Life expectancy falls in Switzerland for the first time since 1962
Life expectancy has fallen in Switzerland for the first time in over 50 years, after strain caused by COVID on the Swiss healthcare system led to increased mortality rates over the past year.
Elderly people impacted the most by decline in life expectancy
The life expectancy for people born in Switzerland in 2020 dropped by almost a year for men and half a year for women, to 81 and 85,1 years respectively. A report by the Federal Statistical Office (FSO) showed an increase in the death rate and total number of deaths in Switzerland over 2020, which led to the decline in life expectancy.
The FSO found that the decline in life expectancy was the first seen in Switzerland since 1944 for men and 1962 for women. The biggest decline was in adults aged 65 years and older - a trend clearly driven by COVID-19.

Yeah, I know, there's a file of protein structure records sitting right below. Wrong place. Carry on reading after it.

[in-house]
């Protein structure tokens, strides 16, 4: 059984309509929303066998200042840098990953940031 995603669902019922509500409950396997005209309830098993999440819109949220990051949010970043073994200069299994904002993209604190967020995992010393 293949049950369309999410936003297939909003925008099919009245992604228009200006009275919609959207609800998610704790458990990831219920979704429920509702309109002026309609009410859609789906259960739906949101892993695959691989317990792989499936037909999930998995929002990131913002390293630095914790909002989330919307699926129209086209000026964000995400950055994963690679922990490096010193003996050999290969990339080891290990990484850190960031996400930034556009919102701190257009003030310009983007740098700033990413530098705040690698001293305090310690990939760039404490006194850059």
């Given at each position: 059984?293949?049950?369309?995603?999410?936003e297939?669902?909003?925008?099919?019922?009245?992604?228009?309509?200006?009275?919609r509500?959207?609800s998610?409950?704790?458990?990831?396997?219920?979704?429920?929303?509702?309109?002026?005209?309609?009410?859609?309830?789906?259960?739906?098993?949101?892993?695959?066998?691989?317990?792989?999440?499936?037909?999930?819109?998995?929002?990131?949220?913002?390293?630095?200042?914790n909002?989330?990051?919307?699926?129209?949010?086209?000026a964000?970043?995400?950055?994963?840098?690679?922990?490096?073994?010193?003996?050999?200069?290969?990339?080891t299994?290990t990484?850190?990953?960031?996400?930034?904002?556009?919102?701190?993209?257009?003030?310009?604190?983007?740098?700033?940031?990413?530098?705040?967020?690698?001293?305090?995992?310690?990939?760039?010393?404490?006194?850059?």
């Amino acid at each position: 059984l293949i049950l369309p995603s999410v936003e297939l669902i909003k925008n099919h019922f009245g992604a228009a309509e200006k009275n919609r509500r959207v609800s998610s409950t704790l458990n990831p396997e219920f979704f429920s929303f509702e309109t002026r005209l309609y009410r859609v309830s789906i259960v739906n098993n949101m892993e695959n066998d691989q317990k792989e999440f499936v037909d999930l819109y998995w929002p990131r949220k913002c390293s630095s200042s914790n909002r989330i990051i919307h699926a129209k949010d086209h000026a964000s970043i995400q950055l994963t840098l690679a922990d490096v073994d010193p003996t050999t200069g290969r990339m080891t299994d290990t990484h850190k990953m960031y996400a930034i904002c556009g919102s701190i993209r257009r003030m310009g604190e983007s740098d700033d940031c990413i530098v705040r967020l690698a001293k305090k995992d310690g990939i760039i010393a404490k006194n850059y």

Impact of COVID on life expectancy in Switzerland
The report was designed to compare the impact of COVID-19 with the Spanish flu pandemic in the early 20th century. The FSO concluded that the number of deaths recorded in 2020 rose to a similar level experienced during the Spanish flu pandemic in the 1910s and 20s.
However, it must be noted the population back then was around half what it is today. FSO further noted that the number of casualties attributed to COVID in 2020 was far lower than the number attributed to Spanish flu in 1918.
Swiss cantons were also affected in similar ways, with areas in western Switzerland bearing the brunt in both pandemics. The report found that the peak in infections occurred at the same time of year, and men were impacted more than women in both diseases. It is hoped that, with hospitals stabilising, it will not be long before the negative trend in life expectancy is reversed.